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What parents need to know
Parents need to know that Luca is Pixar's film about two sea creatures who leave their watery homes to discover the wonders of the surface in a small village on the Italian Riviera. It's a sweet coming-of-age story about courage, curiosity, and friendship -- specifically, that of Luca (voiced by Wonder's Jacob Tremblay) and Alberto (It's Jack Dylan Grazer). There's a bit of silly body humor (nose- and ear-picking) as well as occasional insults in both English and easily understandable Italian, like "trash," "stupido," "idioti," and "jerk." Physical comedy includes injuries from stunts like jumping off of cliffs and trees, riding a bike, and even getting in a tussle with another teen. Scared villagers wield spears and harpoons, and one even throws his at the main characters. Another character likes to use his big knife to chop up fish, much to Luca and Alberto's dismay. Parents and kids who watch together will be able to discuss the movie's appealing setting and its themes, particularly the importance of evaluating others for who they are, not because of their background or heritage.
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What's the story?
LUCA takes place at the Italian seaside, where the titular character is the son in a family of sea creatures. Luca (voiced by Jacob Tremblay) follows his parents' (Maya Rudolph and Jim Gaffigan) rules not to go near the dangerous surface, until he comes across a stranger collecting treasures. Luca follows the boy, Alberto (Jack Dylan Grazer), to the shore, where they both transform into humans. Luca and Alberto become fast friends, sharing dreams and plans that involve what Alberto claims is the best prize among humans: the Vespa scooter. When Luca's family catches on that he's been hanging out above water, they threaten to send him to the depths of the ocean with his angler-fish Uncle Ugo (Sacha Baron Cohen). Frightened, Luca and Alberto run away to the nearest human town, Porto Rosso, where they meet outgoing Giulia (Emma Berman), who informs them about the town's annual race: a triathlon involving swimming, cycling, and eating pasta. The boys team up with Giulia -- who's come in second several years in a row to an overconfident, rude villager named Ercule (Saverio Raimondo) -- and move in with her and her intimidating fisherman father (Marco Barricelli). They must also do everything they can to keep from getting wet, lest the sea-monster-fearing villagers try to spear them.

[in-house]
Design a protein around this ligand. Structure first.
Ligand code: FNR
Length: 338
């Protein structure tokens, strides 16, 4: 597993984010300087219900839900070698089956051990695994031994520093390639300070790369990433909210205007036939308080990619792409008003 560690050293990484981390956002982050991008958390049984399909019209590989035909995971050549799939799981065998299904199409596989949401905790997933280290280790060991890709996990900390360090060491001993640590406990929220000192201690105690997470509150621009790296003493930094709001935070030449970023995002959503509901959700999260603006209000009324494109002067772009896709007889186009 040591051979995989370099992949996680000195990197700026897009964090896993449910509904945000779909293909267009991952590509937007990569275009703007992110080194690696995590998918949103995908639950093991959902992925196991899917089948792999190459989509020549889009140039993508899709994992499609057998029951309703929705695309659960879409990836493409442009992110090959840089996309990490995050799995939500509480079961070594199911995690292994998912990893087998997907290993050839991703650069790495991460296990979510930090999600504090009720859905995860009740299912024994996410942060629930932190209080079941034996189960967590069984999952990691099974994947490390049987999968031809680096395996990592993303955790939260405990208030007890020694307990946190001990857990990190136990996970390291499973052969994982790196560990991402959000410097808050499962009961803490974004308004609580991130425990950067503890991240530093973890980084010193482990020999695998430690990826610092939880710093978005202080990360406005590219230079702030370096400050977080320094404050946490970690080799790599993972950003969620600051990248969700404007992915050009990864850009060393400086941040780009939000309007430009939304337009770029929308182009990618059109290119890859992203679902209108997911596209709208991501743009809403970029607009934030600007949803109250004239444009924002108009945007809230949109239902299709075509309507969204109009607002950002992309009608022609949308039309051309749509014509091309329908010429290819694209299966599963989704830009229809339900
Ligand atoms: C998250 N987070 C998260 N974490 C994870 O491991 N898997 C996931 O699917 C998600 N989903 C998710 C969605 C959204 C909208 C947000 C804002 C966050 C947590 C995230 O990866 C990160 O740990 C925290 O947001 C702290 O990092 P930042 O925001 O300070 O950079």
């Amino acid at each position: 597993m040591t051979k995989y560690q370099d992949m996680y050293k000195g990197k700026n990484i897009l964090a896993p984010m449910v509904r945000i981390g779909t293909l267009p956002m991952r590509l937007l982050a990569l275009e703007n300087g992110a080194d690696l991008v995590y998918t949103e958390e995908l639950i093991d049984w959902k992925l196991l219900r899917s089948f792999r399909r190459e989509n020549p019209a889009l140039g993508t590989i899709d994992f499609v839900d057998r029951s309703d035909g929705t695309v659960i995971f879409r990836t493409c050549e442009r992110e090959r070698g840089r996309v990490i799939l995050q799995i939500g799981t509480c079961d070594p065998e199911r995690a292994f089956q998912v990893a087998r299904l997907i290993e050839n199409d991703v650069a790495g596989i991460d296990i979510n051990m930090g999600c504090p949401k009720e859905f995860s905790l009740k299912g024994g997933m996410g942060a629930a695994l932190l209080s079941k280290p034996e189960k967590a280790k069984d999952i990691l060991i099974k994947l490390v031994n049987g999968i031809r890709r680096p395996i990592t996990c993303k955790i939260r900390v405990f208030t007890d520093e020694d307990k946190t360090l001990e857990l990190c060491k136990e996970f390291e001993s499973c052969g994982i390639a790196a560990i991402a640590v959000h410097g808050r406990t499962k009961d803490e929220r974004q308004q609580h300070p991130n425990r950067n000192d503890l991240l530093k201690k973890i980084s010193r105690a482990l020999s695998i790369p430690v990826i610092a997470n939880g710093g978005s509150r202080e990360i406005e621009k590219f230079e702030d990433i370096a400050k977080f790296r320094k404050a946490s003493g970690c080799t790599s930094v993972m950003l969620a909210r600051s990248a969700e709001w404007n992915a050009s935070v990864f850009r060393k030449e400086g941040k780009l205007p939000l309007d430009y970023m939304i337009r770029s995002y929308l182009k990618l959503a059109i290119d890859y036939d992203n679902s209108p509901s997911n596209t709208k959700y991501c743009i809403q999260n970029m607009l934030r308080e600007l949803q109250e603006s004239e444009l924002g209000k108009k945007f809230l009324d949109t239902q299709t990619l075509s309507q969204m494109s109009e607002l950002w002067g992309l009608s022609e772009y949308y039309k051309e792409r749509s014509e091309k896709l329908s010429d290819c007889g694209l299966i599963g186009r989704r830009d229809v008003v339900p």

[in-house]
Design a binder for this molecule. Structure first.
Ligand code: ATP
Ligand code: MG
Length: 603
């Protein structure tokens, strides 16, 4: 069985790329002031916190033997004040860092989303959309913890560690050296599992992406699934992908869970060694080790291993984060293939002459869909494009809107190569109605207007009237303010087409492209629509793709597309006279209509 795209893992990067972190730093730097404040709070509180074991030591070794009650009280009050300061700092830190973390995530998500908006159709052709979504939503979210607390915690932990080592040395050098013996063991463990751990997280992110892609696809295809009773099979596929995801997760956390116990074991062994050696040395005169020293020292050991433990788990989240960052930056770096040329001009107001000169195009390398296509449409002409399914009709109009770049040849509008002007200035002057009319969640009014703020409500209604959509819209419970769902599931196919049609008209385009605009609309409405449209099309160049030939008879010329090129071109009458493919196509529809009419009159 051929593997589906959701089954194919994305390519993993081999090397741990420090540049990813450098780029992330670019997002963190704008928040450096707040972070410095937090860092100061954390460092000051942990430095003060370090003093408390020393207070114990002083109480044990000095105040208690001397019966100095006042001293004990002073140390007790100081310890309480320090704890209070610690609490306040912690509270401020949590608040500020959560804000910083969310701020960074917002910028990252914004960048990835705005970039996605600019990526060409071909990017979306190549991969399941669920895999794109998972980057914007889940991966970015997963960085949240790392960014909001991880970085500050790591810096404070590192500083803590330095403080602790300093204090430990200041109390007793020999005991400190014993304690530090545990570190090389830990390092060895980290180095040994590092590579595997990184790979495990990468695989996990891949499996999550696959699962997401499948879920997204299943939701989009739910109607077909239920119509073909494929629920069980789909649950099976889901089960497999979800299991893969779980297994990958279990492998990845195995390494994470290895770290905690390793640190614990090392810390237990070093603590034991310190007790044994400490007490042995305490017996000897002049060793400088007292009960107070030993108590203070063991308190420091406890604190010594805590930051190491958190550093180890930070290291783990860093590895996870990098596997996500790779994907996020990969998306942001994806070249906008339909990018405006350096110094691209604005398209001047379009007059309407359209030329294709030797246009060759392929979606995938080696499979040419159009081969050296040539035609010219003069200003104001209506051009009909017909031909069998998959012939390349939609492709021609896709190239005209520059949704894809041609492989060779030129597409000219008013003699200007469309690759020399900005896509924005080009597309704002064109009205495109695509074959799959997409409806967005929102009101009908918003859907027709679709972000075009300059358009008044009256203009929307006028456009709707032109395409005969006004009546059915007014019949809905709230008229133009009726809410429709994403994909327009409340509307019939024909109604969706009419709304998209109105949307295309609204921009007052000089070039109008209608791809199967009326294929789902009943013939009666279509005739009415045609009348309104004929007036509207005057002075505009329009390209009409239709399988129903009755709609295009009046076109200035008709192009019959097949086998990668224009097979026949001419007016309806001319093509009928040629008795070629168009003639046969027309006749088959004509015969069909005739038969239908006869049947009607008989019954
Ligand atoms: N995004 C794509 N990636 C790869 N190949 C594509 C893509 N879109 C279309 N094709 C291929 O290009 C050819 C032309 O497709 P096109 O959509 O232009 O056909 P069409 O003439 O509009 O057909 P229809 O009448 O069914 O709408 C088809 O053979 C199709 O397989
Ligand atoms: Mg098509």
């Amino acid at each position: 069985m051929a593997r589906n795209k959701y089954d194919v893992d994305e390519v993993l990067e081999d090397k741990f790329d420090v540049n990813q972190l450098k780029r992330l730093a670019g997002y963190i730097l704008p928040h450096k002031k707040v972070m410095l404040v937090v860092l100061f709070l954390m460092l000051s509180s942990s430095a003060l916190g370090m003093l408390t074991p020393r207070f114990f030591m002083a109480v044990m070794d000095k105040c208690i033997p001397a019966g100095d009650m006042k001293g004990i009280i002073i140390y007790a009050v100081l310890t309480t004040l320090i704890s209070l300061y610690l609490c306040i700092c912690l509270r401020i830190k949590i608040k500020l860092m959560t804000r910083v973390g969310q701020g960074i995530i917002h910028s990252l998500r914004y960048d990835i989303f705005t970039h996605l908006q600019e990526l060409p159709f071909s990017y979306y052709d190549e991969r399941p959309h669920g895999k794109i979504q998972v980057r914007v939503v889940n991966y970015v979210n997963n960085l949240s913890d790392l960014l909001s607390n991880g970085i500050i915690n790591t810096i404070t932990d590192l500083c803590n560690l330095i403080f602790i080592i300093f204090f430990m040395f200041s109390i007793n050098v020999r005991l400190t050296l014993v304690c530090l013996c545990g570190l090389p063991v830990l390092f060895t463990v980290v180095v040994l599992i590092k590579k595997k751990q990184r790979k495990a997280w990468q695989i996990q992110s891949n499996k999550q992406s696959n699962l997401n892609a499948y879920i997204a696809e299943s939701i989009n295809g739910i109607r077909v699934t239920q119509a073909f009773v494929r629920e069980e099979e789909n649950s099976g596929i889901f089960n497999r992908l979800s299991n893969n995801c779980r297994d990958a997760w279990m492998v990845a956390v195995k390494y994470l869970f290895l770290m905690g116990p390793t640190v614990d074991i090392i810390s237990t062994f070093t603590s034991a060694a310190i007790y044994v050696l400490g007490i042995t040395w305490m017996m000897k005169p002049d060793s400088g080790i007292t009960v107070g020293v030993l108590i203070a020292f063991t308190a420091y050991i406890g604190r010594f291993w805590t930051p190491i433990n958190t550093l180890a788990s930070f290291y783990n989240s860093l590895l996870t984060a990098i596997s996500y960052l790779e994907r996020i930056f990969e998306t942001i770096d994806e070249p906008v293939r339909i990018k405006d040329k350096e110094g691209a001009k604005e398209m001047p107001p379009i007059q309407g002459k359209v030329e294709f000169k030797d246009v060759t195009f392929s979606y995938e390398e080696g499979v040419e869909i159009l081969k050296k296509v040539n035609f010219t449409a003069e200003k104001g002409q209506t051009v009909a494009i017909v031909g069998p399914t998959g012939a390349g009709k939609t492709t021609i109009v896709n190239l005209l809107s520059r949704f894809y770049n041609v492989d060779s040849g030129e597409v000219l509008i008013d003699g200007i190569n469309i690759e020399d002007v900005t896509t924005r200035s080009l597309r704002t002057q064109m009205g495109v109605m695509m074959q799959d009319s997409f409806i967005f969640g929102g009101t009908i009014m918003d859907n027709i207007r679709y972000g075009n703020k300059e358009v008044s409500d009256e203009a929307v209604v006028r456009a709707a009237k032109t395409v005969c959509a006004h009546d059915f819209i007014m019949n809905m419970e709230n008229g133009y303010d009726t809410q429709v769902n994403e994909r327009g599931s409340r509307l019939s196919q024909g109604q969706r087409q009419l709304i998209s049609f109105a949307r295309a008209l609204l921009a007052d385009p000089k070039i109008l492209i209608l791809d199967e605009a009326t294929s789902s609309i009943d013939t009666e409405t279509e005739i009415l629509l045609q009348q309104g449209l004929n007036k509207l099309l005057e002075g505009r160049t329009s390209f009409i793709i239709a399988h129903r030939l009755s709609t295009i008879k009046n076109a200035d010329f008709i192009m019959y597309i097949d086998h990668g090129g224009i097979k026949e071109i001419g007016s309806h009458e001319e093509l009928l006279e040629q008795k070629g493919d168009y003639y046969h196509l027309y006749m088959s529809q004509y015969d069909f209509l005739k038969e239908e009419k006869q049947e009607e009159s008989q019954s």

Is it any good?
This heartfelt, gorgeously animated adventure is a short and sweet reminder of sun-filled summer days with new friends. The setting is so vivid that audiences will want to book a flight to the Italian Rivera for some amazing pasta, clear seas, and the charm of winding cobblestone streets, marble fountains, and quirky townsfolk. Tremblay is a wonderfully expressive voice performer, making Luca's intellectual curiosity and general awe come to life. Grazer's Alberto is a confident and impetuous counterbalance to Luca's thoughtful and initially hesitant personality. Berman also impresses as Giulia, who really wants to win the race but is even more excited to make new friends. The supporting Italian cast is strong, as are Rudolph and Gaffigan, who at this point are almost default choices as funny parents. And audiences will laugh aloud at Baron Cohen's brief but hilarious role as Luca's uncle from the deep.
Luca's themes are reminiscent of those in Finding Nemo and Finding Dory, The Little Mermaid, and even Onward. The boys turn into friends who are more like brothers, discovering both the joys and the dangers of the human world, and their adventure is filled with memorable views under the sea. This isn't a tearjerker, and that's actually refreshing -- not every Pixar film needs to be an emotionally cathartic affair. This one is tender, sweet, and also funny, with silly physical comedy and an amusingly suspicious cat (Giulia's kitty looks just like her dad, right down to what looks like a mustache). It's also lovely to see a single father who belies his oversized appearance by cooking delicious meals, teaching the boys the skills needed to fish, and supporting his daughter in her dream to compete in Porto Rosso's big annual race. Families with kids of all ages will enjoy this adorable addition to Pixar's excellent list of films.
Talk to your kids about ...
Families can talk about Luca's message about family and friendship. What does Luca learn about what makes a family? Kids: Who do you consider to be part of your family?
Discuss how the movie portrays Giulia's father's disability. How does it impact him? Why is it important to see people with disabilities represented in popular culture? Can you think of other examples?
Did you find any parts of the movie scary or upsetting? If so, why? What bothers you more: danger/action, or conflict between characters?
- On DVD or streaming: June 18, 2021
- Cast: Jacob Tremblay, Jack Dylan Grazer, Emma Berman
- Director: Enrico Casarosa
- Studios: Pixar Animation Studios, Walt Disney Pictures
- Genre: Family and Kids
- Topics: Magic and Fantasy, Friendship
- Character strengths: Curiosity, Empathy, Perseverance, Teamwork
- Run time: 95 minutes
- MPAA rating: PG
- MPAA explanation: rude humor, language, some thematic elements and brief violence
- Awards/Honors: Common Sense Selection
- Last updated: August 3, 2021
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